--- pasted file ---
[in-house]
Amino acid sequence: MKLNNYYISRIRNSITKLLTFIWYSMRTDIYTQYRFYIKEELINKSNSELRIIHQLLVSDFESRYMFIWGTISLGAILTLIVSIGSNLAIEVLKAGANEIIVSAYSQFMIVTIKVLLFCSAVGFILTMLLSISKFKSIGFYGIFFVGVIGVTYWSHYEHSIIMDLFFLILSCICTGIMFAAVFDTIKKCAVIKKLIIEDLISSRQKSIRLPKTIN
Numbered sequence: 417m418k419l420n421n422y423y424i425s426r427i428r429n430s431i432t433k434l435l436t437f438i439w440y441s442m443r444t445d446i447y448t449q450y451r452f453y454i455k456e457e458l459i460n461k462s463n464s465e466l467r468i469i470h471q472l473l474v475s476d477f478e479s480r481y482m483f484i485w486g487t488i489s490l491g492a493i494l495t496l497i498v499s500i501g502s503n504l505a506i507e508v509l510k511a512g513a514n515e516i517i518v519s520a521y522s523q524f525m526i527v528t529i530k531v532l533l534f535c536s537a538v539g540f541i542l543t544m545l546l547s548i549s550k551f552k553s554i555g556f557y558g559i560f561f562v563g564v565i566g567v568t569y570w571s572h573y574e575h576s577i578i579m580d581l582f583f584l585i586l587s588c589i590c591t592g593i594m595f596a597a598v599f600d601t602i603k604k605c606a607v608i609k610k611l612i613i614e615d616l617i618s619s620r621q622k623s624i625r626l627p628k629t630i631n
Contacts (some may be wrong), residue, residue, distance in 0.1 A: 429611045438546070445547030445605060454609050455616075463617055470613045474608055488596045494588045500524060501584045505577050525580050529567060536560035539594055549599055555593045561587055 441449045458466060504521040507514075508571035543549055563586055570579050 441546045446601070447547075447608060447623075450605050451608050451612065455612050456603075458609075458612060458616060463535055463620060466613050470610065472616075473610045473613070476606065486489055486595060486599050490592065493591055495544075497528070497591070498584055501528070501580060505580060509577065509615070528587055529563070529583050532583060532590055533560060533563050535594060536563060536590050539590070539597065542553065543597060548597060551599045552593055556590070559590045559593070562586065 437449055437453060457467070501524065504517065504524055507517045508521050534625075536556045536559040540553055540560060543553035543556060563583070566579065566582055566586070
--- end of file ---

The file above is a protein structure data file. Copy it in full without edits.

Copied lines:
[in-house]
Amino acid sequence: MKLNNYYISRIRNSITKLLTFIWYSMRTDIYTQYRFYIKEELINKSNSELRIIHQLLVSDFESRYMFIWGTISLGAILTLIVSIGSNLAIEVLKAGANEIIVSAYSQFMIVTIKVLLFCSAVGFILTMLLSISKFKSIGFYGIFFVGVIGVTYWSHYEHSIIMDLFFLILSCICTGIMFAAVFDTIKKCAVIKKLIIEDLISSRQKSIRLPKTIN
Numbered sequence: 417m418k419l420n421n422y423y424i425s426r427i428r429n430s431i432t433k434l435l436t437f438i439w440y441s442m443r444t445d446i447y448t449q450y451r452f453y454i455k456e457e458l459i460n461k462s463n464s465e466l467r468i469i470h471q472l473l474v475s476d477f478e479s480r481y482m483f484i485w486g487t488i489s490l491g492a493i494l495t496l497i498v499s500i501g502s503n504l505a506i507e508v509l510k511a512g513a514n515e516i517i518v519s520a521y522s523q524f525m526i527v528t529i530k531v532l533l534f535c536s537a538v539g540f541i542l543t544m545l546l547s548i549s550k551f552k553s554i555g556f557y558g559i560f561f562v563g564v565i566g567v568t569y570w571s572h573y574e575h576s577i578i579m580d581l582f583f584l585i586l587s588c589i590c591t592g593i594m595f596a597a598v599f600d601t602i603k604k605c606a607v608i609k610k611l612i613i614e615d616l617i618s619s620r621q622k623s624i625r626l627p628k629t630i631n
Contacts (some may be wrong), residue, residue, distance in 0.1 A: 429611045438546070445547030445605060454609050455616075463617055470613045474608055488596045494588045500524060501584045505577050525580050529567060536560035539594055549599055555593045561587055 441449045458466060504521040507514075508571035543549055563586055570579050 441546045446601070447547075447608060447623075450605050451608050451612065455612050456603075458609075458612060458616060463535055463620060466613050470610065472616075473610045473613070476606065486489055486595060486599050490592065493591055495544075497528070497591070498584055501528070501580060505580060509577065509615070528587055529563070529583050532583060532590055533560060533563050535594060536563060536590050539590070539597065542553065543597060548597060551599045552593055556590070559590045559593070562586065 437449055437453060457467070501524065504517065504524055507517045508521050534625075536556045536559040540553055540560060543553035543556060563583070566579065566582055566586070